During her stay with Skanicum the woman became pregnant and bore a son named Patrick, who grew up on the reservation. Patrick's body structure was very different from that of other Indians as his arms were very long, reaching about to his knees. He was very short, about 5'4" tall (his mother was described as "tiny"), possessed a sloping forehead, very large lower jaw, a very large wide mouth with straight upper and lower lips, and straight protruding teeth. He was kind of stooped, or hump-backed. His ears were elongated upwards (peaked) and bent outward at the top. He had very large hands and long fingers, is described as very ugly although extremely intelligent. He attended school on the reservation, was "very smart", operated a ranch in the area, died at about the age of 30, and is buried on the reservation. Patrick is described as a "gentle" man, never beat or mistreated his wife. He married easily as he had a good ranch and was considered "affluent". From this marriage to Laura's cousin was born three daughters and two sons. Both sons died at an early age. The three daughters were named, in order from oldest to youngest, Mary Louise, now about 65 years old, Madeline, and Stella. Stella died at a young age. Mary Louise lives near Omak. A couple of summers ago Mary Louise spent several weeks with Laura. Mary had heard several times over the years that her paternal grandfather was a Skanicum and sought verification from Laura. Laura revealed all to her, confirming that her father was indeed half Skanicum. Mary Louise' physical appearance is relatively "normal". However, both girls have wide mouths (look like split from ear to ear), protruding teeth, and squint eyes. But Madeline, who lives on the Washington coast, has other very distinct Skanicum features such as sloping forehead, long peaked ears, etc. She is considered ugly by Indian standards, is an alcoholic spending much time in taverns. Patrick's wife, mother of these girls, is Laura's first cousin.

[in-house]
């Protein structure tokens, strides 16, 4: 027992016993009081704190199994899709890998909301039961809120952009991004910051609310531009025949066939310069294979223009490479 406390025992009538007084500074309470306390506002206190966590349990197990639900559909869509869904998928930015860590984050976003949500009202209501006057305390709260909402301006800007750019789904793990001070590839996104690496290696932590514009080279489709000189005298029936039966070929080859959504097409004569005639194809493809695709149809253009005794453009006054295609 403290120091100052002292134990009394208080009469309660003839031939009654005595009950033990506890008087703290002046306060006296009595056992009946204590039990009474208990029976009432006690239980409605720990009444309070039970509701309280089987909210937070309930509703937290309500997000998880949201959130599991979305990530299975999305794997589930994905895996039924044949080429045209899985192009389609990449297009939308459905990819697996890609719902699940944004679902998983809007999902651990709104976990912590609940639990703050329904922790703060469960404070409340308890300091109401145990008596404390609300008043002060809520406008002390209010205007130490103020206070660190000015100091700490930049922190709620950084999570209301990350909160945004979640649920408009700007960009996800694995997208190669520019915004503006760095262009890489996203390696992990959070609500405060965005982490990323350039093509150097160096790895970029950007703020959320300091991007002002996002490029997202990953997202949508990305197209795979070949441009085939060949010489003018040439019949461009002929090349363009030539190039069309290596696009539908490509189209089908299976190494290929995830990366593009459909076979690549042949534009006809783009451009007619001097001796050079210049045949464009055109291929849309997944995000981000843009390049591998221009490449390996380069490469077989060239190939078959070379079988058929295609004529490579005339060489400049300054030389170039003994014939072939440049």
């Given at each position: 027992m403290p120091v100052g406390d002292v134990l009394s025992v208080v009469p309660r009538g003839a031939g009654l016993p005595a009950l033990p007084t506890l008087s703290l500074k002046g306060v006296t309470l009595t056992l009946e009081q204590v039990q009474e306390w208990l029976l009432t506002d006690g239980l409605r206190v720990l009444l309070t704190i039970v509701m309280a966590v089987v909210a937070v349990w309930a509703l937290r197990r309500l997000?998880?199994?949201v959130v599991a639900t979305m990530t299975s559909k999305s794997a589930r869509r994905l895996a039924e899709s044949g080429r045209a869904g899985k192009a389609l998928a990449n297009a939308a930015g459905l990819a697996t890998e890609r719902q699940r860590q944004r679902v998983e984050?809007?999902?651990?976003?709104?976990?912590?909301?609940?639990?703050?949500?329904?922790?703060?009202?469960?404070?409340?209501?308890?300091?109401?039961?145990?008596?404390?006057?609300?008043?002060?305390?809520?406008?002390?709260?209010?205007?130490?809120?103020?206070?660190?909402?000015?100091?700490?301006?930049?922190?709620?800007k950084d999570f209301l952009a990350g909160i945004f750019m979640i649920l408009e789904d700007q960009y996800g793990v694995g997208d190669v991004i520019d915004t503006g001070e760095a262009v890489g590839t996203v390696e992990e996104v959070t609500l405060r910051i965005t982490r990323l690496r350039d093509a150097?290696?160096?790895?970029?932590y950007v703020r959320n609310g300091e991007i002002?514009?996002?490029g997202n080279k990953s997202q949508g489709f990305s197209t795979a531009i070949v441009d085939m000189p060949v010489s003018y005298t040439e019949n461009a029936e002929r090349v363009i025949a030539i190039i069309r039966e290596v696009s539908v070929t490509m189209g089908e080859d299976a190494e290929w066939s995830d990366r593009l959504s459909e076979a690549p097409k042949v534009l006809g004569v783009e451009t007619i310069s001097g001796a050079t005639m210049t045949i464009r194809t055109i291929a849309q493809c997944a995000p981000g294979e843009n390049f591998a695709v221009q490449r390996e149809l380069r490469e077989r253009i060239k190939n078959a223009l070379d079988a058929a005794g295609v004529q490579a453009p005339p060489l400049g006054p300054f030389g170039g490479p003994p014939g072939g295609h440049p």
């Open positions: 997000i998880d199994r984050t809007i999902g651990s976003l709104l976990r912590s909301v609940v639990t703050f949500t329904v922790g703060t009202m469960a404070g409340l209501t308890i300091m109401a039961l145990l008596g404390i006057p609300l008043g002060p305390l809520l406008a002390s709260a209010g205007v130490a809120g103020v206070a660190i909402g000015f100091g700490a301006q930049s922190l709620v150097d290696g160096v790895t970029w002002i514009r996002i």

Francis met Patrick when she was a young girl about eight years old. She reports another incident in about 1982 when she and her niece were returning to Nespelem from Omak just after dark. About two miles from Omak near a gravel pit they passed a Skanicum standing alongside the road.